Gurugram: Hate violence on the rise

Gurugram: Hate violence on the rise

Hindu Sena members celebrate India's major preemptive strike on Jaish-e-Mohammed's camps, in Gurugram. PTI

The attack on the members of a Muslim family in Gurugram, near Delhi, and the calls to them to go to Pakistan are signs of the dangerous turn the society has taken and the intensifying religious majoritarian culture that makes the minorities the hated ‘other’ and seeks to make non-citizens of them. Too many cases of violence directed at minorities are being reported and statements describing them as anti-national are being made. Provocations and reasons are invented, and deliberate attempts made to create an atmosphere of fear. In the Gurugram incident, some boys of a Muslim family playing cricket near their home were beaten up and told to go and play in Pakistan. Later, other members of the family, including women and children, were attacked inside their home. Even if the version that the trouble started with a dispute over cricket is true, there is no justification for the murderous attack on the family and the threats made to them. 

There have been attacks on Muslims by cow vigilantes in many places, mainly in states ruled by the BJP, in the last five years. Though the attacks were in the name of the cow, it was often only an excuse. Those who bought cows from the market and were taking them home have been attacked. There have been cases where there was no proof of the victims of attacks being in possession of beef, but such charges were made only to incite and indulge in violence against them. Young people have been attacked in the name of ‘love jihad’, or for being seen with or talking to Hindu girls. Discrimination in social space and workplace has become common. If there was once a sense that such prejudice, discrimination and unequal treatment was wrong and violative of the idea of India as a modern secular democracy, today, the view is being spread that it is right and legitimate, that the minorities deserve to be treated so. It is this attitude that is at the root of the increasing attacks on Muslims.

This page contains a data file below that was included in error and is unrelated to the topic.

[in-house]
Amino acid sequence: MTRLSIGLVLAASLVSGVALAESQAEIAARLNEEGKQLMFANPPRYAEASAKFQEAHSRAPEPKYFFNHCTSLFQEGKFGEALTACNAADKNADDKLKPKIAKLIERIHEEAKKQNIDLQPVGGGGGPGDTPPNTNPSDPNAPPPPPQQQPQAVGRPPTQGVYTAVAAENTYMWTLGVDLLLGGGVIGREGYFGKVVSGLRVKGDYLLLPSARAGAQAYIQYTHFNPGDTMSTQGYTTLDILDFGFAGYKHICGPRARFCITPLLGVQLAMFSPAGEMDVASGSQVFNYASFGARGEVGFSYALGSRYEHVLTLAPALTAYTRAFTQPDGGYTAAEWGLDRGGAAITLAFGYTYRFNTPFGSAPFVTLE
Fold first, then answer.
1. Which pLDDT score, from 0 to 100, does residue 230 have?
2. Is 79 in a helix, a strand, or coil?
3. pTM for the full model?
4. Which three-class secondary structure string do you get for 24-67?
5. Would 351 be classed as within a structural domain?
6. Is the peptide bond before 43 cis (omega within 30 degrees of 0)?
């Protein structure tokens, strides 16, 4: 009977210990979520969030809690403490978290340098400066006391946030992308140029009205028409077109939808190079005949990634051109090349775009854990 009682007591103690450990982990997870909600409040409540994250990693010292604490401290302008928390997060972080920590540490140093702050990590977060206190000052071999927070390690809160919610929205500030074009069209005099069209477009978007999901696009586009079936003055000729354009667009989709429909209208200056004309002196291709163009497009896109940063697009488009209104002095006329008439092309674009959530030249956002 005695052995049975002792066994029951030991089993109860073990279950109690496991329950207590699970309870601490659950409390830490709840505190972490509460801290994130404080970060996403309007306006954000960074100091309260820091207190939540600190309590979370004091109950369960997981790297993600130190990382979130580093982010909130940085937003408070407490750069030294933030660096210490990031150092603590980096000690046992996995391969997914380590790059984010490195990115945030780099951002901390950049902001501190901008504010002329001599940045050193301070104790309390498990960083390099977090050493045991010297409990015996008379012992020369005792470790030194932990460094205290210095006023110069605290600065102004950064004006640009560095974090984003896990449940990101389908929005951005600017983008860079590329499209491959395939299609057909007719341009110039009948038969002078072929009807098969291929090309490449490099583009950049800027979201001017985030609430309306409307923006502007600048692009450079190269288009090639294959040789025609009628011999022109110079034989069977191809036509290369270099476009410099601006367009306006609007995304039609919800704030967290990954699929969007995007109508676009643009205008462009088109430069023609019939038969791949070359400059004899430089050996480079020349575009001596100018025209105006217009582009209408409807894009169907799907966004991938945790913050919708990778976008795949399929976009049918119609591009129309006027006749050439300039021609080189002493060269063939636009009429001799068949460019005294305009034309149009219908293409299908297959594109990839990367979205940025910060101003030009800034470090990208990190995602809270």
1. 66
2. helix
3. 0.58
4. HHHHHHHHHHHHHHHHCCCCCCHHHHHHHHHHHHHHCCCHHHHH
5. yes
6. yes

The anti-social and fringe elements who made such attacks in the past are now increasingly the mainstream. Those in power and authority who should condemn the attacks and take action against the attackers are often silent and are seen supporting and encouraging them. There are persistent efforts to polarise society, and an environment of intolerance and hatred is gaining ground. That puts under threat the idea of an India where every citizen has equal rights and responsibilities. The Gurugram family wants to leave the place and go somewhere where they can feel safe. But where can they feel safe, when their attackers and their political backers are hell-bent on creating a Hindu version of Pakistan right here.